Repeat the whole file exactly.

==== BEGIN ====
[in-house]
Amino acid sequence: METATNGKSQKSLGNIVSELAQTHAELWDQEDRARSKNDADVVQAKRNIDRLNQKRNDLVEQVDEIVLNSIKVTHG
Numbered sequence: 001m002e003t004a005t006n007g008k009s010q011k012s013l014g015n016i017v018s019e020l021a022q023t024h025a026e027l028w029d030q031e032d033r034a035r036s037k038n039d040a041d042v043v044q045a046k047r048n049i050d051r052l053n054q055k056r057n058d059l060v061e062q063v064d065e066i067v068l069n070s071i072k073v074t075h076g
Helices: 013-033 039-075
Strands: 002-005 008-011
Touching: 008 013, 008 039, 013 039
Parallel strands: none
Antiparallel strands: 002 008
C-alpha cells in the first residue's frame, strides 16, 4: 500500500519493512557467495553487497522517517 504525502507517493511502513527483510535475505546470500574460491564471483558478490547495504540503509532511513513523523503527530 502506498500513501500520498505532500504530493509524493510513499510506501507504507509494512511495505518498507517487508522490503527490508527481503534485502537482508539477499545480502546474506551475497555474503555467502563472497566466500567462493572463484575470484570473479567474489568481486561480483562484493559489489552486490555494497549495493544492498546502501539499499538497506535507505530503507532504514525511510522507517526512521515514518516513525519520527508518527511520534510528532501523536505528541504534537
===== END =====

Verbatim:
[in-house]
Amino acid sequence: METATNGKSQKSLGNIVSELAQTHAELWDQEDRARSKNDADVVQAKRNIDRLNQKRNDLVEQVDEIVLNSIKVTHG
Numbered sequence: 001m002e003t004a005t006n007g008k009s010q011k012s013l014g015n016i017v018s019e020l021a022q023t024h025a026e027l028w029d030q031e032d033r034a035r036s037k038n039d040a041d042v043v044q045a046k047r048n049i050d051r052l053n054q055k056r057n058d059l060v061e062q063v064d065e066i067v068l069n070s071i072k073v074t075h076g
Helices: 013-033 039-075
Strands: 002-005 008-011
Touching: 008 013, 008 039, 013 039
Parallel strands: none
Antiparallel strands: 002 008
C-alpha cells in the first residue's frame, strides 16, 4: 500500500519493512557467495553487497522517517 504525502507517493511502513527483510535475505546470500574460491564471483558478490547495504540503509532511513513523523503527530 502506498500513501500520498505532500504530493509524493510513499510506501507504507509494512511495505518498507517487508522490503527490508527481503534485502537482508539477499545480502546474506551475497555474503555467502563472497566466500567462493572463484575470484570473479567474489568481486561480483562484493559489489552486490555494497549495493544492498546502501539499499538497506535507505530503507532504514525511510522507517526512521515514518516513525519520527508518527511520534510528532501523536505528541504534537